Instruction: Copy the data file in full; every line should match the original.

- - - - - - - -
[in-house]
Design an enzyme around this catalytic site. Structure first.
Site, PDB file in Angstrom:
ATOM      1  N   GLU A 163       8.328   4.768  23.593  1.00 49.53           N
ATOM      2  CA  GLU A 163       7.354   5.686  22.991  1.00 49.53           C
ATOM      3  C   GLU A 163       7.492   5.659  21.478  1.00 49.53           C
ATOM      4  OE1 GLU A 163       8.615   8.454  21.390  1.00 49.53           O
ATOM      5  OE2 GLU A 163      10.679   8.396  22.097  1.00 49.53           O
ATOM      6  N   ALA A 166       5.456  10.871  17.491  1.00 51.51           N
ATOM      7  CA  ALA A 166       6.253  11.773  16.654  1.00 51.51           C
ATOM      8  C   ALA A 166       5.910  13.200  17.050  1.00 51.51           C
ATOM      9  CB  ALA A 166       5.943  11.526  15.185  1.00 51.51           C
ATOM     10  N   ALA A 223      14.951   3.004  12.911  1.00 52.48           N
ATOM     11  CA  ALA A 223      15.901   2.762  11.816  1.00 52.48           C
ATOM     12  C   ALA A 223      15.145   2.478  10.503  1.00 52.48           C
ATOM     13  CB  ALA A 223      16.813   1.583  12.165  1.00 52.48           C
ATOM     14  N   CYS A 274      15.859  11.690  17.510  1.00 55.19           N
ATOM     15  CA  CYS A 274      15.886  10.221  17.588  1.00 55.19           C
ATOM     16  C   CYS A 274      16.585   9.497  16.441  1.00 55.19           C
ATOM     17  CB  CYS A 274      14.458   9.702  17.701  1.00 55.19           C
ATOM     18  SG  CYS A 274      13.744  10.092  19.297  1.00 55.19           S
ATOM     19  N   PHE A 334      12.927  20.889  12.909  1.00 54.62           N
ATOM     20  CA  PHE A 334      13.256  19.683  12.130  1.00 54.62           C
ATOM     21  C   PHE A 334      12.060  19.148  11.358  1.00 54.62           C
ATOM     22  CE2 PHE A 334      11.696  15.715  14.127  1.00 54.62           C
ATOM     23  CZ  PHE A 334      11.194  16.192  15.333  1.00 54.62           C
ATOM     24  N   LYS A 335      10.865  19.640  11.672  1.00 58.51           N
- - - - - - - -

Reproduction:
[in-house]
Design an enzyme around this catalytic site. Structure first.
Site, PDB file in Angstrom:
ATOM      1  N   GLU A 163       8.328   4.768  23.593  1.00 49.53           N
ATOM      2  CA  GLU A 163       7.354   5.686  22.991  1.00 49.53           C
ATOM      3  C   GLU A 163       7.492   5.659  21.478  1.00 49.53           C
ATOM      4  OE1 GLU A 163       8.615   8.454  21.390  1.00 49.53           O
ATOM      5  OE2 GLU A 163      10.679   8.396  22.097  1.00 49.53           O
ATOM      6  N   ALA A 166       5.456  10.871  17.491  1.00 51.51           N
ATOM      7  CA  ALA A 166       6.253  11.773  16.654  1.00 51.51           C
ATOM      8  C   ALA A 166       5.910  13.200  17.050  1.00 51.51           C
ATOM      9  CB  ALA A 166       5.943  11.526  15.185  1.00 51.51           C
ATOM     10  N   ALA A 223      14.951   3.004  12.911  1.00 52.48           N
ATOM     11  CA  ALA A 223      15.901   2.762  11.816  1.00 52.48           C
ATOM     12  C   ALA A 223      15.145   2.478  10.503  1.00 52.48           C
ATOM     13  CB  ALA A 223      16.813   1.583  12.165  1.00 52.48           C
ATOM     14  N   CYS A 274      15.859  11.690  17.510  1.00 55.19           N
ATOM     15  CA  CYS A 274      15.886  10.221  17.588  1.00 55.19           C
ATOM     16  C   CYS A 274      16.585   9.497  16.441  1.00 55.19           C
ATOM     17  CB  CYS A 274      14.458   9.702  17.701  1.00 55.19           C
ATOM     18  SG  CYS A 274      13.744  10.092  19.297  1.00 55.19           S
ATOM     19  N   PHE A 334      12.927  20.889  12.909  1.00 54.62           N
ATOM     20  CA  PHE A 334      13.256  19.683  12.130  1.00 54.62           C
ATOM     21  C   PHE A 334      12.060  19.148  11.358  1.00 54.62           C
ATOM     22  CE2 PHE A 334      11.696  15.715  14.127  1.00 54.62           C
ATOM     23  CZ  PHE A 334      11.194  16.192  15.333  1.00 54.62           C
ATOM     24  N   LYS A 335      10.865  19.640  11.672  1.00 58.51           N